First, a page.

gnash

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English[edit]

Etymology[edit]

From Middle English gnasten. Origin unknown; the word is probably either Germanic or onomatopoeic. Compare Old Norse gnastan, German knirschen, German Low German gnirschen, gnörschen (gnash).

Pronunciation[edit]

  • IPA(key): /næʃ/
  • (file)
  • Rhymes: -æʃ

Verb[edit]

gnash (third-person singular simple present gnashes, present participle gnashing, simple past and past participle gnashed)

  1. (transitive) To grind (one's teeth) in pain or in anger.
    gnashing your teeth
  2. (transitive) To grind between the teeth.
    to gnash the air in fury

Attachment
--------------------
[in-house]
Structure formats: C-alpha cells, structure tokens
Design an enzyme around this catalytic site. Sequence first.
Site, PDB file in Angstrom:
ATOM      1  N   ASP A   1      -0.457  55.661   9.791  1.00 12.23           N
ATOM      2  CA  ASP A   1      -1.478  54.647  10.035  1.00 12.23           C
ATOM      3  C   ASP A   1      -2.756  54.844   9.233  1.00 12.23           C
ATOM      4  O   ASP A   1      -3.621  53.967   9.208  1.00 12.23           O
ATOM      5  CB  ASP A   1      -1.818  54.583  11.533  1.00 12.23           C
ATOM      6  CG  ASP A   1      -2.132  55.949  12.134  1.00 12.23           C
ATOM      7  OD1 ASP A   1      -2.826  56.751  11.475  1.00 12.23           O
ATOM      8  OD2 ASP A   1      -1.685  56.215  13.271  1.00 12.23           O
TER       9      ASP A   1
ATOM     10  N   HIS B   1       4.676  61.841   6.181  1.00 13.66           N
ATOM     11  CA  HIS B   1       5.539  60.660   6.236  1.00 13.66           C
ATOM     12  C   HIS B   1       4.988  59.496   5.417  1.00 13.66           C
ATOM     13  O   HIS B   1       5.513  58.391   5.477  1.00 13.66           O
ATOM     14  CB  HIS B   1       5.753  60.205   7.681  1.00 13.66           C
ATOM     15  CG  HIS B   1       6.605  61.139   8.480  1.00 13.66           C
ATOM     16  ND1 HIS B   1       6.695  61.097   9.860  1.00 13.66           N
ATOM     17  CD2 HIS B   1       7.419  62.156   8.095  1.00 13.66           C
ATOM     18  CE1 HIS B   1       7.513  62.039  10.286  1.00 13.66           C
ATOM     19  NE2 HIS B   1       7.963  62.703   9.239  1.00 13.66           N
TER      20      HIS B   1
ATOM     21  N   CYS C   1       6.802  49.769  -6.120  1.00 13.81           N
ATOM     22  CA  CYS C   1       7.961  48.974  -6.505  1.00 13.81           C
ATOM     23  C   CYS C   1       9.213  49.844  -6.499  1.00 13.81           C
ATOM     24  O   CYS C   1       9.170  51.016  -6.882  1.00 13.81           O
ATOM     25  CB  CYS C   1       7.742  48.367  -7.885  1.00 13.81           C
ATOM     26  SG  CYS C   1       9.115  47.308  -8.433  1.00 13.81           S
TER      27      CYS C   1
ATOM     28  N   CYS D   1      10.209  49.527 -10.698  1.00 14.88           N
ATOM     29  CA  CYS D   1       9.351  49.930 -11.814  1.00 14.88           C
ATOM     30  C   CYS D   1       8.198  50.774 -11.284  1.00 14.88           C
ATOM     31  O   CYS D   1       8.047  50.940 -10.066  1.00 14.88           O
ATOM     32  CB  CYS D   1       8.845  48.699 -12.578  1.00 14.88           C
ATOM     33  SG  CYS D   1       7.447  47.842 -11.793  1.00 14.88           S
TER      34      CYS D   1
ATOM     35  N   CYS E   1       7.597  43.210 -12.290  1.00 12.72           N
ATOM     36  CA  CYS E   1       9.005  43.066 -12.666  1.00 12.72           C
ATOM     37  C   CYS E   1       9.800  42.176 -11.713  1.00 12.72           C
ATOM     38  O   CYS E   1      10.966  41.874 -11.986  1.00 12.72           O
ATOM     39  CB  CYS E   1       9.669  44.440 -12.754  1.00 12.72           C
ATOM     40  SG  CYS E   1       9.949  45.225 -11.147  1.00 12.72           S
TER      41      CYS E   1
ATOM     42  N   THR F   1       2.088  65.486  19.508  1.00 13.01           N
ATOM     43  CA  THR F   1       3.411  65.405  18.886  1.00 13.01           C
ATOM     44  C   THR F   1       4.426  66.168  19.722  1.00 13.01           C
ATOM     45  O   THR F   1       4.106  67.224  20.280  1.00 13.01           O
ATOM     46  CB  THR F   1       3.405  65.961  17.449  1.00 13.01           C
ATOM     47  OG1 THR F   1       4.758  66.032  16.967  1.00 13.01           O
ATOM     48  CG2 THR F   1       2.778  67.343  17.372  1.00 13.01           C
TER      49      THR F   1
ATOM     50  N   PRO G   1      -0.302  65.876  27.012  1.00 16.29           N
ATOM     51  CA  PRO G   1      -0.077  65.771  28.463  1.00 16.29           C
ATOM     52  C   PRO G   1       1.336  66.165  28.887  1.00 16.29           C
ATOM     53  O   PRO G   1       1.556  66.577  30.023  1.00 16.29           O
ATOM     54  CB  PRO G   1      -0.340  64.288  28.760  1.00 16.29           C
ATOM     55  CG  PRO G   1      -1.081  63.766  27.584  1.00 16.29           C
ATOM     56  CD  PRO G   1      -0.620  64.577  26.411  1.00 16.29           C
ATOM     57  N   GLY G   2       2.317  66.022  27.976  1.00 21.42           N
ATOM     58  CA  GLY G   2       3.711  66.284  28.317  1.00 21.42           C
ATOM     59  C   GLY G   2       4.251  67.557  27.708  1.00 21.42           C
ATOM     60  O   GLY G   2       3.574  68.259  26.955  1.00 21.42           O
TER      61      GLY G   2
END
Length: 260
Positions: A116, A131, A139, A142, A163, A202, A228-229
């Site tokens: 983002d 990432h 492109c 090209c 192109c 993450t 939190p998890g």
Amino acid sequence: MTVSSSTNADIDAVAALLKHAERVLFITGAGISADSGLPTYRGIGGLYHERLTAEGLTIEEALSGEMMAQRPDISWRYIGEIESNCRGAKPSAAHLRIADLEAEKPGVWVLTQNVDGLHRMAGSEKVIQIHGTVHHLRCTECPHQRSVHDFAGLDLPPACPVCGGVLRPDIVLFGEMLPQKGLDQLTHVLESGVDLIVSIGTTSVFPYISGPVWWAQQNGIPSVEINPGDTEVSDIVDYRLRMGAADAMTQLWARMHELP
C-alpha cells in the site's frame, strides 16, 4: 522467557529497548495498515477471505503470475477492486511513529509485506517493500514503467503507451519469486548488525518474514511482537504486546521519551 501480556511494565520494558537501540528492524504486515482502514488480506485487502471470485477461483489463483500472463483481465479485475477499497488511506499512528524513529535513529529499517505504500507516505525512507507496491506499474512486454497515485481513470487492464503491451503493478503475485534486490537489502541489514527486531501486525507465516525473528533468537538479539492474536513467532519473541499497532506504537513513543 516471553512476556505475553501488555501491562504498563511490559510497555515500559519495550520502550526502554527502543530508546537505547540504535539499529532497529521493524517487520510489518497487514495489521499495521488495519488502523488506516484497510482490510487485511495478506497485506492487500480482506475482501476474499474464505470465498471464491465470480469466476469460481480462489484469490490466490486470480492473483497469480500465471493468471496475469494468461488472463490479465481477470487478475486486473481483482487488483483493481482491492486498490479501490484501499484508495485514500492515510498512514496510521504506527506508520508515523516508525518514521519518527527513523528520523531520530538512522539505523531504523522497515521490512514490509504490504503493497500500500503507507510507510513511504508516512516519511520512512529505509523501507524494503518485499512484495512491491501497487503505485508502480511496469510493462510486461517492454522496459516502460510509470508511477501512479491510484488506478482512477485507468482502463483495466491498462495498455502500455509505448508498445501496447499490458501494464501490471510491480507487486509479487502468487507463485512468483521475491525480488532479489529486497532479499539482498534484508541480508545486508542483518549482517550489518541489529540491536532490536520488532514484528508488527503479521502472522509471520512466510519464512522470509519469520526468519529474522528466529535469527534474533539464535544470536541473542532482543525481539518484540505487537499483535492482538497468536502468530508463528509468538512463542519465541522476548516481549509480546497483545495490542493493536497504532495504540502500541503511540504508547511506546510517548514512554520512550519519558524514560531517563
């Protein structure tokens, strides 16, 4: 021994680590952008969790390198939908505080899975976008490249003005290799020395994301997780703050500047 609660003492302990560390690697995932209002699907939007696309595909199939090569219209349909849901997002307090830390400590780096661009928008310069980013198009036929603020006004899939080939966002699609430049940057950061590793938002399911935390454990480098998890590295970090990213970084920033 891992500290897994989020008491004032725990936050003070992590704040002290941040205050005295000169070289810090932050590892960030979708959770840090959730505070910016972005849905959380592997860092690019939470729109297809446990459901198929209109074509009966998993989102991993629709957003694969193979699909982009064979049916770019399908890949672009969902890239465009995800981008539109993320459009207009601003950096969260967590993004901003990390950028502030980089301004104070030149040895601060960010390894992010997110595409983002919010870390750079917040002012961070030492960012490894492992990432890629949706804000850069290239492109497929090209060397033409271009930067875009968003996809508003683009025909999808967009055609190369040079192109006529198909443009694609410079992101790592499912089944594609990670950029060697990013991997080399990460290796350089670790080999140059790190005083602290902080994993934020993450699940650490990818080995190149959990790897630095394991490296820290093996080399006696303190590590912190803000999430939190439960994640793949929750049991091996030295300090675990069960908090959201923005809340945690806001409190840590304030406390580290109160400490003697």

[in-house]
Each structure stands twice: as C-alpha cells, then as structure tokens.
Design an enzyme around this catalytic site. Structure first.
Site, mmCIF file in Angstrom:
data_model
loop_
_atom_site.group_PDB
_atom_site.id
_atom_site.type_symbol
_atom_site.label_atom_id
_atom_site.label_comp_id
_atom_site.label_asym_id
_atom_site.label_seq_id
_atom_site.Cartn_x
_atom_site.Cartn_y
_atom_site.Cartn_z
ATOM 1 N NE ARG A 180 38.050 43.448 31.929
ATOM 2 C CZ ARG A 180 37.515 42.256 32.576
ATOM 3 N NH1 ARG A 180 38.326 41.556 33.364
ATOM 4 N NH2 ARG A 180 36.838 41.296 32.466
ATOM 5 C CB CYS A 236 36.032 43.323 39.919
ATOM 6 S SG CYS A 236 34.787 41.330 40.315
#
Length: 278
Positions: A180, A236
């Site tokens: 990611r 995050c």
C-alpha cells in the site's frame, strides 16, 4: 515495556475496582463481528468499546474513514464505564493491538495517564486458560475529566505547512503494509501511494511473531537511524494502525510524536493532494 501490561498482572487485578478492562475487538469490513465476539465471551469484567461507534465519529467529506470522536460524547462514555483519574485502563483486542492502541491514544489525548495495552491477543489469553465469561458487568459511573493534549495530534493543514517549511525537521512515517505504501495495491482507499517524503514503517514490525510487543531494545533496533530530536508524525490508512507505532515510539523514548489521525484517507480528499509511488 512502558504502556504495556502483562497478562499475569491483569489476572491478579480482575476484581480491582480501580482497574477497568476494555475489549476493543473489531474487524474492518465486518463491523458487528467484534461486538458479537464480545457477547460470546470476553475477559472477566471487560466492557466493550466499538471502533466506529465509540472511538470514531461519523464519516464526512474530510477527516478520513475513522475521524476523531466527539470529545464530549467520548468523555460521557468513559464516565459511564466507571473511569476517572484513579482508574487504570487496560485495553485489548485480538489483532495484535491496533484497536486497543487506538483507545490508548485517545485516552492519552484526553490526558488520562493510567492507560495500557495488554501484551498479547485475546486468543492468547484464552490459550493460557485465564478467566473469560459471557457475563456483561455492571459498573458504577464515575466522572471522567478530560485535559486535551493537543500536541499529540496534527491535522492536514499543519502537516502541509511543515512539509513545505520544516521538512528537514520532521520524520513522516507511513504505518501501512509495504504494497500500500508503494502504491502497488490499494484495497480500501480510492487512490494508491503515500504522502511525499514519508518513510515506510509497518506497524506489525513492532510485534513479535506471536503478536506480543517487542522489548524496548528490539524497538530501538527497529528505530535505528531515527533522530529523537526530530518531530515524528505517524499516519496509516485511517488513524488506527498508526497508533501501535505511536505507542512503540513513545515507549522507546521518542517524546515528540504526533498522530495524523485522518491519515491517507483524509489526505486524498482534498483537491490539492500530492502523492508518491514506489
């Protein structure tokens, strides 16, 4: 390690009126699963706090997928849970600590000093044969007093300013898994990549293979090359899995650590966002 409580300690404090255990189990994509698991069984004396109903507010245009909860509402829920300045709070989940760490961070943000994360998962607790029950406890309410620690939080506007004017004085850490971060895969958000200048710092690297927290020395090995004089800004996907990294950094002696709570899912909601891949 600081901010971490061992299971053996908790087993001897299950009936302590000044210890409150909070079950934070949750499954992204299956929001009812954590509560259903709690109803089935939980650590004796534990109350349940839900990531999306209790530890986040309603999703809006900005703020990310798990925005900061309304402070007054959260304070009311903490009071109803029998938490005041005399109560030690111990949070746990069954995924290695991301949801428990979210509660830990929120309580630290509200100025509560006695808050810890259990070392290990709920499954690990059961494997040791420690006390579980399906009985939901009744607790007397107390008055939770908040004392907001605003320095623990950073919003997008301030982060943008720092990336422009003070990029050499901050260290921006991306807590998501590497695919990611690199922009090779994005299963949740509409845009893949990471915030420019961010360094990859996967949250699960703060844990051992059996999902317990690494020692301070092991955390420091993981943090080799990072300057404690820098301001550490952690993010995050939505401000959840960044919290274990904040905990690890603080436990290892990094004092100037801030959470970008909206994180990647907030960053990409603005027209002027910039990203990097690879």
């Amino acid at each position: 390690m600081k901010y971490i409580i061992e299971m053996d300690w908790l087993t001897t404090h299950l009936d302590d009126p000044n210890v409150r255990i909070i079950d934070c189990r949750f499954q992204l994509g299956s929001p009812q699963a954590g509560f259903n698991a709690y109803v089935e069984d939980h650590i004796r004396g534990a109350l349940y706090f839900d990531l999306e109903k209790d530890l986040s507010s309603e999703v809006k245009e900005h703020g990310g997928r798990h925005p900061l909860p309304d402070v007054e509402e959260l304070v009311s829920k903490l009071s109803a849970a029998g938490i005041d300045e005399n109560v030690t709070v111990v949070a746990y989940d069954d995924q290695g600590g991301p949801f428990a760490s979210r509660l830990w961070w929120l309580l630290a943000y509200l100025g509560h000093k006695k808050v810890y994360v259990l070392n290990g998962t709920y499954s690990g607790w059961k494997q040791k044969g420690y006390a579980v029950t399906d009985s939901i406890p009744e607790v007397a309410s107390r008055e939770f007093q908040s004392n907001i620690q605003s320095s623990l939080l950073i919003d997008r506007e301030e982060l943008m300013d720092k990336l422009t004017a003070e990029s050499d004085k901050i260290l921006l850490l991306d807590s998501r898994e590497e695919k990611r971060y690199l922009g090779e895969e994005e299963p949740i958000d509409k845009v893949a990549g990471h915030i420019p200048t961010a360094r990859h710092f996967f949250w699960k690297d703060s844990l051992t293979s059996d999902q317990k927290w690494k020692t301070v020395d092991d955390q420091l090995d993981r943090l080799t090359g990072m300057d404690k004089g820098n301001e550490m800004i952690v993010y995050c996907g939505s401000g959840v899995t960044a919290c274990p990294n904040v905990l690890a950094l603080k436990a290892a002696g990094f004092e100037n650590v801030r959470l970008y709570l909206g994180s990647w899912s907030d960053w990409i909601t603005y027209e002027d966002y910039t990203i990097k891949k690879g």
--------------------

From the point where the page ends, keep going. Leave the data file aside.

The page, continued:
The dog was gnashing a carpet
  3. (figuratively) To clash together violently.
    • 1887, H. Rider Haggard, She: A History of Adventure[1]:
      There they were, boiling up in snowy spouts of spray, smiting and gnashing together like the gleaming teeth of hell.
  4. (Tyneside) To run away.

Derived terms[edit]

Translations[edit]

Noun[edit]

gnash (plural gnashes)

  1. A sudden snapping of the teeth.

Anagrams[edit]